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The land speed record (or absolute land speed record) is the fastest speed achieved by any wheeled vehicle on land. There is no single body for validation and regulation; what is used in practice is the Category C ("Special Vehicles") flying start regulations, officiated by regional or national organizations under the auspices of the Fédération Internationale de l'Automobile. The record is standardized as the speed over a course of fixed length, averaged over two runs (commonly called "passes"). Previously, the two runs were required in opposite directions within one hour, however due to a fatal return-run accident at Bonneville Speed Week, the two runs are now conducted in the same direction, with the second run done the morning of the next day. A new record mark must exceed the previous one by one percent to be validated. There are numerous other class records for cars, and motorcycle fall into another, separate, class. The current absolute record holder is the Britishmarker designed ThrustSSC, a twin turbofan-powered car which achieved for the mile (1.6 km), breaking the sound barrier.

Until 1906, the rail speed record exceeded the auto speed record. However, the current unmanned record is held by a railed vehicle and stands at Mach 8.5.

History

The first regulators were the Automobile Club de France, who proclaimed themselves arbiters of the record around 1902.

Different clubs had different standards and did not always recognise the same world records until 1924, when Association International des Automobile Clubs Reconnus (AIACR) introduced new regulations: 2 passes averaged with a maximum 30min (later more) between runs, average gradient of the racing surface not over 1%, timing gear accurate within 0.01sec, and cars must be wheel-driven. National or regional auto clubs (such as AAA and SCTA) had to be AIACR members to ensure records would be recognized. The AIACR became the FIA in 1947. Controversy arose in 1963. Spirit of America failed on being a three-wheeler (leading Fédération Internationale de Motocyclisme to certify the record when FIA refused) and not wheel-driven, but the general public did not care , so FIA introduced a special wheel-driven class. No holder of the absolute record since has been wheel-driven. Ben davies holds the land speed record

Women's Land speed record

In 1906 Dorothy Levitt broke the women's world speed record for the flying kilometer, recording a speed of 90.88 mph (146.25 km/h) of 91 mph and receiving the soubriquet the "Fastest Girl on Earth". She drove a six-cylinder Napier motorcar, a 100 hp (74.6 kW) development of the K5, in a speed trial in Blackpoolmarker.

Records

1898 – 1965 (wheel driven)

Date Location Driver Vehicle Power Speed over

1 km
Speed over

1 mile
Comments
mph km/h mph km/h
December 18, 1898 Achères, Yvelinesmarker, France Gaston de Chasseloup-Laubat Jeantaud Duc Electric 39.24 63.15
January 17, 1899 Achères, France Camille Jenatzy CGA Dogcart Electric 41.42 66.66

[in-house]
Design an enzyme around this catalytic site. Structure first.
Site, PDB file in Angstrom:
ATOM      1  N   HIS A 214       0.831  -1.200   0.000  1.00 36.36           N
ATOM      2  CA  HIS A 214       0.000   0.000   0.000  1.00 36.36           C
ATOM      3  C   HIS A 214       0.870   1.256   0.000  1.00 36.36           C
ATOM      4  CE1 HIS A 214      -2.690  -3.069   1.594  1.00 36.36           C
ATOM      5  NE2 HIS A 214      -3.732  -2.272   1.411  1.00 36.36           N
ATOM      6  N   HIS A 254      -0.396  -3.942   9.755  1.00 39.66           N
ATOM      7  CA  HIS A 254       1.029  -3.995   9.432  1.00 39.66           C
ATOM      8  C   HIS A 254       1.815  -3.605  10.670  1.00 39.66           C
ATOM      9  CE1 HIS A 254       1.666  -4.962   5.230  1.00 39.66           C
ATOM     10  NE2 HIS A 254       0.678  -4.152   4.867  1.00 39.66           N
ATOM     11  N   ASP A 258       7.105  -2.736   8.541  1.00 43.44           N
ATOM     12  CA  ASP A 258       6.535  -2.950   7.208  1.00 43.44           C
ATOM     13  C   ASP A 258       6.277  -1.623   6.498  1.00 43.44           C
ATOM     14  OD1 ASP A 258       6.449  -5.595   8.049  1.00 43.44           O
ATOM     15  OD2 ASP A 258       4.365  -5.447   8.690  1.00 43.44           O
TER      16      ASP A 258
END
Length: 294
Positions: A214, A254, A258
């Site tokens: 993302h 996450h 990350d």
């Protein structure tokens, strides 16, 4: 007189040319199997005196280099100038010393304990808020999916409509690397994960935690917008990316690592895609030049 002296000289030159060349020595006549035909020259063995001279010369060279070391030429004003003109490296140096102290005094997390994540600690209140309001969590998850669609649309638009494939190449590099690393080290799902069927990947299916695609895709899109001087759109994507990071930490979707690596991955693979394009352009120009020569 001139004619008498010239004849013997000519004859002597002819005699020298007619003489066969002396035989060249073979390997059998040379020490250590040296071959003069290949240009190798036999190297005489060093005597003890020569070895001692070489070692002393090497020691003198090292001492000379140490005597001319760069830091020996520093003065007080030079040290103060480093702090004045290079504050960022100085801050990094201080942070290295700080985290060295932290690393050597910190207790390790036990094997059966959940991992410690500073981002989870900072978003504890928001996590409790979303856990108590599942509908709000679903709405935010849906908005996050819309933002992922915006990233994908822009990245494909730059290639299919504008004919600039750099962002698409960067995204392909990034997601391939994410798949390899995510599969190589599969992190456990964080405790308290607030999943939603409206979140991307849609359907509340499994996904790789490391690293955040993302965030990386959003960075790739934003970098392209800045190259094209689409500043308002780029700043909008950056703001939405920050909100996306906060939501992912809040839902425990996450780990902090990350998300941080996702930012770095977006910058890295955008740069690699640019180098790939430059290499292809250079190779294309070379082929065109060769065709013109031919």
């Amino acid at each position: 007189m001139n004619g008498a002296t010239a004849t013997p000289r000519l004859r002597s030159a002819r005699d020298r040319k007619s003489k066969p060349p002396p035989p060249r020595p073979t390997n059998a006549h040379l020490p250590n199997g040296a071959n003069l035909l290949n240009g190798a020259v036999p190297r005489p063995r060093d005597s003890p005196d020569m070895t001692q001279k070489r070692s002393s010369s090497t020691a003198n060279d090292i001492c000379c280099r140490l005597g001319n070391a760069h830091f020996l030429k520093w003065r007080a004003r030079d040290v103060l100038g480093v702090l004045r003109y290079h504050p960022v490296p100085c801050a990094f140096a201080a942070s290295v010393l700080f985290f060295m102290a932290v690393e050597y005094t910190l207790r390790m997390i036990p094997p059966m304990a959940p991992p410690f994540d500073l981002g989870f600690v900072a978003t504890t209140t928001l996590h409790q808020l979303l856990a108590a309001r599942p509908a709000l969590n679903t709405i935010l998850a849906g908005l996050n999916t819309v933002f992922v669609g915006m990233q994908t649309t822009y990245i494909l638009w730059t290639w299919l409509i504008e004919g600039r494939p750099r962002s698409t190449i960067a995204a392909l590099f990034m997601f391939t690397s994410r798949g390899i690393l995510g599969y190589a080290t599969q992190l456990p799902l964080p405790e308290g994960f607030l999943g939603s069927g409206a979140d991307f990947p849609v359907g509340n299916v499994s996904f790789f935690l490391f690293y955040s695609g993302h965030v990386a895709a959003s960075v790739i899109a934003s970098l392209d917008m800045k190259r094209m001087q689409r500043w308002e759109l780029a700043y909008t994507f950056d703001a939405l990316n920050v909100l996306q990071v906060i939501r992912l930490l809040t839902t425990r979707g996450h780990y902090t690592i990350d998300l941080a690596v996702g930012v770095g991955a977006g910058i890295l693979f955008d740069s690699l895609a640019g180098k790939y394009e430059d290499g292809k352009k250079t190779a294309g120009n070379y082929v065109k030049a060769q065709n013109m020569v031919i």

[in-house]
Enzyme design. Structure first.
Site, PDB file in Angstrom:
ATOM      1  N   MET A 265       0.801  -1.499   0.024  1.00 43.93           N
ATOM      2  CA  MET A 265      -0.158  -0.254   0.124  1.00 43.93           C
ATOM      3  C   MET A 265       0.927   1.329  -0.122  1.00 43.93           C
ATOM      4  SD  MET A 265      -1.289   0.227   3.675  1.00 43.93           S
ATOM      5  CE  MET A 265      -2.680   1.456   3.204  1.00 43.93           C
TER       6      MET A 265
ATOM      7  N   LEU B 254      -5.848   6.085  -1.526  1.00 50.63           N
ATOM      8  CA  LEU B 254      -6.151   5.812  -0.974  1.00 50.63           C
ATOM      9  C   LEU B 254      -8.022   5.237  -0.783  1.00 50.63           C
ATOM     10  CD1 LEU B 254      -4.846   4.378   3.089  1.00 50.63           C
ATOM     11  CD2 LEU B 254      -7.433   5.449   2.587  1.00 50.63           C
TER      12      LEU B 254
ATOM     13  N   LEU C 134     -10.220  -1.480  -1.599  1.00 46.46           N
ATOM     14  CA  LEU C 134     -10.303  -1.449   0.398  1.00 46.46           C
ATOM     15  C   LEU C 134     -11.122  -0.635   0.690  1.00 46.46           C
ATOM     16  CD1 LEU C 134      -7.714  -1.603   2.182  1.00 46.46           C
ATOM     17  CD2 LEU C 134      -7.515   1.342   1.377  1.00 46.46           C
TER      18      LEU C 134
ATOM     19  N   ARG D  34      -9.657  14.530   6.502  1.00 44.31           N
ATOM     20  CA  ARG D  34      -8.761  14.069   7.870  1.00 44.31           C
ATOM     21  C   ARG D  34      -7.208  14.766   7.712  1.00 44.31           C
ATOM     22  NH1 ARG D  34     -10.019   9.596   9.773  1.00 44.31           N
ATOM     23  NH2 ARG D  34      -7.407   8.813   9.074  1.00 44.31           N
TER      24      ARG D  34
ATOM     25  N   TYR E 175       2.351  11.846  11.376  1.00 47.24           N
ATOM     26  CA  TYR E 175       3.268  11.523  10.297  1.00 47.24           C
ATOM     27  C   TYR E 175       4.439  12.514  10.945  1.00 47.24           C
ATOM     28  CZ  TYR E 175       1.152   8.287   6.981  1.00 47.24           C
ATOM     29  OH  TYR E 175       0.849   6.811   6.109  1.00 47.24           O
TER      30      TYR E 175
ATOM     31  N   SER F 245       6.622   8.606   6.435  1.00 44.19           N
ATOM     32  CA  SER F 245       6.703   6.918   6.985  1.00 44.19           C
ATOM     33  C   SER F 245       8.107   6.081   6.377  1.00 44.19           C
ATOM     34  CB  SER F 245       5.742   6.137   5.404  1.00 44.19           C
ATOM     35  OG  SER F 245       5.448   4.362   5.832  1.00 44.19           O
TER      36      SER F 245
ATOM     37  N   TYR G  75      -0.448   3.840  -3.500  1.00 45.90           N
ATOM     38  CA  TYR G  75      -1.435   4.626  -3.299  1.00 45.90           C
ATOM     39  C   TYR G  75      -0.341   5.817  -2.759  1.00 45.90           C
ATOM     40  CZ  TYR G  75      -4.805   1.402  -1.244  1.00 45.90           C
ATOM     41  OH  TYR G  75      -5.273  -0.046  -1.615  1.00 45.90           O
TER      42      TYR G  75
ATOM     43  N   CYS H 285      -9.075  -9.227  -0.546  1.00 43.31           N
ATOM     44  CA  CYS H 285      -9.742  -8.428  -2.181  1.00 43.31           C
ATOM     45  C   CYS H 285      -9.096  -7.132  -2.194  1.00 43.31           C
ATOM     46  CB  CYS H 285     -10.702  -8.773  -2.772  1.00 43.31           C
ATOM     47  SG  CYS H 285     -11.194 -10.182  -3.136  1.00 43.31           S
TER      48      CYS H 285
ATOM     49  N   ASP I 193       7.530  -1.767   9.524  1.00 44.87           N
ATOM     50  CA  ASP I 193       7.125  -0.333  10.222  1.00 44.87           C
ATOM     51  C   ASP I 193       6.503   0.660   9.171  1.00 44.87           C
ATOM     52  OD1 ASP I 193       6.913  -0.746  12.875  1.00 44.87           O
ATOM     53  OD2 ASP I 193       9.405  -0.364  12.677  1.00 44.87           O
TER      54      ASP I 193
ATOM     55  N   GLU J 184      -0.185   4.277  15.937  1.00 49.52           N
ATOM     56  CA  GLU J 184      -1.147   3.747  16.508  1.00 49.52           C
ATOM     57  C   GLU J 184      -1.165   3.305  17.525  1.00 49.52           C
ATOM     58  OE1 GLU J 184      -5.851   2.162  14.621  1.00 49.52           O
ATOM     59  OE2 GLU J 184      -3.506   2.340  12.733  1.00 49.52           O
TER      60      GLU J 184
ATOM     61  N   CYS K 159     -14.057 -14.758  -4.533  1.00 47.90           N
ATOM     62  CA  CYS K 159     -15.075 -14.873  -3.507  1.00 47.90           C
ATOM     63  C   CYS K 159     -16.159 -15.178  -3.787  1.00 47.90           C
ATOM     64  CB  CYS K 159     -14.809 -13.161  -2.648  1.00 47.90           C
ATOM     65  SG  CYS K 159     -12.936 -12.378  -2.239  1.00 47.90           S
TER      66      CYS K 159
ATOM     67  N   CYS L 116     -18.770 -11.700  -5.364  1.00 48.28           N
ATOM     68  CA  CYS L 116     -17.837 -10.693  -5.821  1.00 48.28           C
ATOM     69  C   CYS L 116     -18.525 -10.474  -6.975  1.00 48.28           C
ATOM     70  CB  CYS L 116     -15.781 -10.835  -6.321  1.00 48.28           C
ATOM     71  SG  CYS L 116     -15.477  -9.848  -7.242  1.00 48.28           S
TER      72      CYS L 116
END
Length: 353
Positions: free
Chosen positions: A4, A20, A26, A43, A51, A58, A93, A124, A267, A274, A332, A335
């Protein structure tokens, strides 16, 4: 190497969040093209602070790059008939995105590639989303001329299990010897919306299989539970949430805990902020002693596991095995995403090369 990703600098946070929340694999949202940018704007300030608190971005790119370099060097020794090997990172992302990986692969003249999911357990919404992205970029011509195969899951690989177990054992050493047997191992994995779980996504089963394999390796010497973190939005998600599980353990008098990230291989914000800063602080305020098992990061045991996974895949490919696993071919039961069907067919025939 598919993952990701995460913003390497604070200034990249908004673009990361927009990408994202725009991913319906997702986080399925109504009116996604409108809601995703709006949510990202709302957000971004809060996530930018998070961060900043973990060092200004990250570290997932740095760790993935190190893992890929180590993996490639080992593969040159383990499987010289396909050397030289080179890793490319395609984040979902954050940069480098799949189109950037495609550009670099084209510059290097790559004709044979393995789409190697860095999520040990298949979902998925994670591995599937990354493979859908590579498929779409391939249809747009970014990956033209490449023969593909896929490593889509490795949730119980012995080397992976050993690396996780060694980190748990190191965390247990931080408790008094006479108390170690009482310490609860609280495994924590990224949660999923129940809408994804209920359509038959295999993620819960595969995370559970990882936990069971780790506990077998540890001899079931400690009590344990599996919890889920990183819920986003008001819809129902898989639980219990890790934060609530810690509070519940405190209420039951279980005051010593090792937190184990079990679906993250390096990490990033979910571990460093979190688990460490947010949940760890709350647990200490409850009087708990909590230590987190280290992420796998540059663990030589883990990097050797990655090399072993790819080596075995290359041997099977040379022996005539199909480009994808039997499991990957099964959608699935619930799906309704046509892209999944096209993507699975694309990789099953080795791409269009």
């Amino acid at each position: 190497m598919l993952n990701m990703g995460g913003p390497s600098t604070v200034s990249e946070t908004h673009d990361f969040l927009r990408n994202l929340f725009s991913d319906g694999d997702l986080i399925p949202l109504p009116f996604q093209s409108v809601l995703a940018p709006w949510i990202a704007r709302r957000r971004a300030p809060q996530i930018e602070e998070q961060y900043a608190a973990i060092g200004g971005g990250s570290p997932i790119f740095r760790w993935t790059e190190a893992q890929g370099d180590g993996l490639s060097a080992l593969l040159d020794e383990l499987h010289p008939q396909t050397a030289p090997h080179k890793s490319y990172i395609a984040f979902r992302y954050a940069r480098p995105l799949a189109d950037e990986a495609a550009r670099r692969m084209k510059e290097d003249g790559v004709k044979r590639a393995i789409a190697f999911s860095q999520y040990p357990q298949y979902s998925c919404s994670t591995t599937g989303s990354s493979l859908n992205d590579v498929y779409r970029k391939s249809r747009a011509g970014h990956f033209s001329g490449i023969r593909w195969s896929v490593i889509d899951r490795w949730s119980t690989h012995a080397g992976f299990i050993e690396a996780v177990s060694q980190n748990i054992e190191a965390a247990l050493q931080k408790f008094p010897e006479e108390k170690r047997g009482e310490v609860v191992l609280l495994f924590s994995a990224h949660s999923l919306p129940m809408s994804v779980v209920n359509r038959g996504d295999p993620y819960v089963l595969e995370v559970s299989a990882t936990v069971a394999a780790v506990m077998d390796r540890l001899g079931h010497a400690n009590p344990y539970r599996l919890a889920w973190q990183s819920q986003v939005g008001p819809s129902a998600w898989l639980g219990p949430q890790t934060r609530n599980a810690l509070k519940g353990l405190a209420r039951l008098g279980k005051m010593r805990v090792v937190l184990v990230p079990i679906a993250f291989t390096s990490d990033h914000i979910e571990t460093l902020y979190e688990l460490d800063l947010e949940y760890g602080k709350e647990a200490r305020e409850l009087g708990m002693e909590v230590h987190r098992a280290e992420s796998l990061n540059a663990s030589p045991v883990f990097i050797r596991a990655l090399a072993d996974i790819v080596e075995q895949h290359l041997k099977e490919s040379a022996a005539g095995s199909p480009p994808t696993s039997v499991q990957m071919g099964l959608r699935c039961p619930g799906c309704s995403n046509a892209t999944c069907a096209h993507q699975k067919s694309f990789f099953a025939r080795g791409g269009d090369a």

January 17, 1899 Achères, France Gaston de Chasseloup-Laubat Jeantaud Duc Electric 43.69 70.31
January 27, 1899 Achères, France Camille Jenatzy CGA Dogcart Electric 49.93 80.35
March 4, 1899 Achères, France Gaston de Chasseloup-Laubat Jeantaud Duc Profilée Electric 57.65 92.78
April 29, 1899 Achères, France Camille Jenatzy CITA No 25, La Jamais Contente Electric 65.79 105.88 First record over
April 13, 1902 Nicemarker, France

Promenade des Anglais
Leon Serpollet Gardner-Serpollet Oeuf de Pâques (Easter Egg) Steam 75.06 120.80
November 5, 1902 Ablis, France William K. Vanderbilt Mors Z Paris-Vienne IC 76.08 122.44
November 5, 1902 Dourdan, France Henri Fournier Mors Z Paris-Vienne IC 76.60 123.28
November 17, 1902 Dourdan, France M. Augières Mors Z Paris-Vienne IC 77.13 124.13
July 17, 1903 Ostend, Belgium Arthur Duray Gobron Brillié Paris-Madrid IC 83.46 134.32
November 5, 1903 Dourdan, France Arthur Duray Gobron Brillié Paris-Madrid IC 84.73 136.36
January 12, 1904 Lake St. Clair, USA Henry Ford Ford 999 Racer IC 91.37 147.05 On frozen lake
March 31, 1904 Nice, France Arthur Duray Gobron Brillié Paris-Madrid IC 88.76 142.85
March 31, 1904 Nice, France Louis Rigolly Gobron Brillié Paris-Madrid IC 94.78 152.53
May 25, 1904 Ostend, Belgium Pierre de Caters DMG Mercedes Simplex 90 IC 97.25 156.50
July 21, 1904 Ostend, Belgium Louis Rigolly Gobron Brillié Gordon Bennett Cup IC 103.56 166.66 First over
November 13, 1904 Ostend, Belgium Paul Baras Darracq Gordon Bennett IC 104.53 168.22
January 24, 1905 Daytona Beach, USA Arthur MacDonald Napier 6 IC 104.65 168.42
December 30, 1905 Arles, France Victor Hémery Darracq V8 Special IC 109.65 175.44
January 26, 1906 Ormond Beach, USA Fred Marriott Stanley Rocket Racer Steam 127.66 205.44 First record over . First speed greater than contemporary rail speed record.


Remained the record for steam powered vehicles until 25 August 2009.
November 6, 1909 Brooklandsmarker, United Kingdom Victor Hémery 200 hp (150 kW) Benz No 1 IC 125.94 202.68 115.93 186.57 First run using electronic timing
June 24, 1914 Brooklands, United Kingdom L. G. Hornstead 200 hp (150 kW) Benz No 3 IC 124.09 199.70 First 2-way record, set at Brooklands under new Association International des Automobile Clubs Reconnus (AIACR) 2-way rule